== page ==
Last year in Delhi, I hitched a ride with a friend to a poetry reading. He stopped en route to pick up another friend – a visitor from Goa, he said.
In the dark, I could barely see the petite woman who joined us. But as she entered, the car was suffused with a heady fragrance. While I am no perfume connoisseur, even I could tell this was exceptional. If I didn’t feel obliged to play nit-picking poet about my choice of adjective, I’d have termed it breathtaking. The word today is ironic.
“What perfume is that?” I remember asking.
“One that I made,” said a soft voice from the backseat. And I turned around to see a woman with an utterly radiant smile. That was my first encounter with Monika Ghurde. There are many reasons why I haven’t forgotten it.
It is not often that one meets someone who looks, quite simply, as lovely as their perfume. Monika did. She had the luminosity of a woman who has come into her own, whose laughter is not the easy giggle of youth, not the practiced smile of the social networker, but the hard-won, reclaimed mirth of a born-again, self-possessed adult.
It somehow seemed appropriate that I should meet her after inhaling her perfume. It felt like that first olfactory encounter gave me access – a password, as it were -- to the person she was.
Poetry is the most distilled verbal art I know. When you meet someone who has read your poetry with any degree of immersion, it feels like you both have a shortcut to a deeper, more authentic self. If the perfumer’s art is the ultimate in distillation, it is not surprising that I felt I had, in some way, accessed Monika’s happiest, truest version of herself.
In the next half hour, I sensed several things about her: refinement, warmth, curiosity, generosity, a disarming simplicity. Monika was not a woman on the make. That, for me, was the loveliest thing about her.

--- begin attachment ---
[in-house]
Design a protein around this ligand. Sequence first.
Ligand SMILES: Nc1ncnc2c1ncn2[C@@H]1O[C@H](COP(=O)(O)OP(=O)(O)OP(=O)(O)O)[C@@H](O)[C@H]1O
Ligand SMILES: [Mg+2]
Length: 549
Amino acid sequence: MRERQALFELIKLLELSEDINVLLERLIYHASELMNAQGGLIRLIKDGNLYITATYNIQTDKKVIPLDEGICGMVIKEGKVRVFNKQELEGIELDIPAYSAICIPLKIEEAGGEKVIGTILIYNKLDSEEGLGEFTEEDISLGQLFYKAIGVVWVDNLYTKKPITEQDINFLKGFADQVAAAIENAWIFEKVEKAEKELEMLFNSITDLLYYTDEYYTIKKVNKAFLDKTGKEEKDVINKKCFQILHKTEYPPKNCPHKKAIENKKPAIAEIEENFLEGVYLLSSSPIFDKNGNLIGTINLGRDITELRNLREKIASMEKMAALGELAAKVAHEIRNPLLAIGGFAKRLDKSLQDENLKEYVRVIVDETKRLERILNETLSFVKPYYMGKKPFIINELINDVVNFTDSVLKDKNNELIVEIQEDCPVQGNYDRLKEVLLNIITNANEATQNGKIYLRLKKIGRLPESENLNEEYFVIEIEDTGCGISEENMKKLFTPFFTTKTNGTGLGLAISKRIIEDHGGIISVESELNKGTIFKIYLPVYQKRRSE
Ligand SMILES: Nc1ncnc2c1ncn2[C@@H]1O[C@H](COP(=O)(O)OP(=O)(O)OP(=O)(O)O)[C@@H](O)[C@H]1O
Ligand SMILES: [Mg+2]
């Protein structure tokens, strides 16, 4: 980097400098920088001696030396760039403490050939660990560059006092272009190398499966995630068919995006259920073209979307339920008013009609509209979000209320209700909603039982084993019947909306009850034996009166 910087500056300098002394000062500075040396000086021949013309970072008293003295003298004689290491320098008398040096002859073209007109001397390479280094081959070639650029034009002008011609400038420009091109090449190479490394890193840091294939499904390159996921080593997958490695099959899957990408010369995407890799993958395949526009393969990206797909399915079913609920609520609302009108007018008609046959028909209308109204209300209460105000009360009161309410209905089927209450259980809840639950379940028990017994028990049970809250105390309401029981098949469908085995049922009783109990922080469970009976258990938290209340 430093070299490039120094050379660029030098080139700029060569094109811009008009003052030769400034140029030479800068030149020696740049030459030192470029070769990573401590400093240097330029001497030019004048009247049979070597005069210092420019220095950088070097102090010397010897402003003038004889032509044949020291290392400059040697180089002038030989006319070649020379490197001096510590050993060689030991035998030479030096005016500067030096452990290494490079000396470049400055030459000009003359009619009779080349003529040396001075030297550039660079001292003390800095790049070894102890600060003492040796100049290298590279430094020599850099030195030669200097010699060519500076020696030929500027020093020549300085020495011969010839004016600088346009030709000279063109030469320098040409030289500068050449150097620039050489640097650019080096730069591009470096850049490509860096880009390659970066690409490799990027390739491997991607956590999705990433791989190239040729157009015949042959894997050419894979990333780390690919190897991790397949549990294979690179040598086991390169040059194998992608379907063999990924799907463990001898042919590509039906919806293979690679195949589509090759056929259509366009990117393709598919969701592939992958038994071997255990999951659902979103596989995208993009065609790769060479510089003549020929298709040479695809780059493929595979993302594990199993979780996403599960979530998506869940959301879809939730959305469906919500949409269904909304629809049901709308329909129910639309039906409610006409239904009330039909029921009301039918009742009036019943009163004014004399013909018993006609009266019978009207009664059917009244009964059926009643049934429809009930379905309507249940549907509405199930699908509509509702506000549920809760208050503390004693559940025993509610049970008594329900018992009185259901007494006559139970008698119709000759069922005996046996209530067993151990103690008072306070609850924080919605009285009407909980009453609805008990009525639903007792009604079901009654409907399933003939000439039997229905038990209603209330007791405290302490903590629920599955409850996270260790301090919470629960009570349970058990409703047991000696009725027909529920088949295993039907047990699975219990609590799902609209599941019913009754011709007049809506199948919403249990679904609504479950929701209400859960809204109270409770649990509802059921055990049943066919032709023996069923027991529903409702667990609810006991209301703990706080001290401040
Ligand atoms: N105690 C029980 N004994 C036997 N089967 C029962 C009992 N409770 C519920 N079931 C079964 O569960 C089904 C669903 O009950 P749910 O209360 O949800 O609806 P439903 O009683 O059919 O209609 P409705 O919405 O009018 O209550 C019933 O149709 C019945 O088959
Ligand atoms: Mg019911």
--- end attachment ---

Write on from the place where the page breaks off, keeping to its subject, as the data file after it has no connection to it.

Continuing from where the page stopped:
We spent the rest of the evening with each other. In a noisy bar, surrounded by people we didn’t really know, we talked about our histories with Mumbai, our love of Goa, her vocation as a perfumer, my poetry. The details are hazy. But by the end of the evening, Monika Ghurde was a friend.
As someone who believes friendship takes years of shared experience, I am surprised by my own use of the word. And yet, I’d use it again. She suggested meeting the next day. I couldn’t make it, but I knew that Monika and I would find ways to be in touch.
There comes a time when some people use their life experiences to subtract superfluous identities, and become who they fundamentally are. For me, that was the scent of Monika – the scent of naturalness. She didn’t talk of her achievements or her antecedents. She didn’t drop names. She simply seemed happy in her own skin. And so, I knew her without really knowing very much about her. The ‘about’ seemed irrelevant. I wanted to be in touch with Monika because of Monika.
In fact, the only antecedents we discussed were floral. I remember asking her about raat ki rani, my favourite fragrance. She told me it belonged either to the family of jasmine or the Persian tuberose – a detail I have never forgotten.
I met her again last December at a literary festival in Goa. We spent time on the lawns of the Goa International Centre, with fellow writer, Mahesh Rao. I have a photo she sent of that evening of the three of us, arms entwined. She is in the centre in a cream sari, laughing her warm infectious laugh.
‘Breathtaking’ was the first adjective I associated with her. If medical evidence were given the last word, that would also be the last. For her breath, we are told, was taken from her – brutally.
But facts are for newspapers. The truth about Monika Ghurde is different. And I hold fast to that truth: that the fragrance of crushed flowers lingers a long time after the horror and the prurient public gaze subsides, long after the last news reports are done and dusted. That is the strength of vulnerability. That is the strength of flowers.
What is the point of a perfume or a poem, really? None at all. Except that our lives are hugely impoverished without them. And precisely because there is no single point, they are not so easily erased.
There are no easy goodbyes, Monika. But the earth laughs in flowers, the poet Emerson told us. When we’re done with grieving, my radiant friend, we’ll join you in those places of enchanted distillation you knew how to delight in. We’ll join you in the laughter.
(This is one of several women-authored pieces published this weekend in tribute to Monika Ghurde.)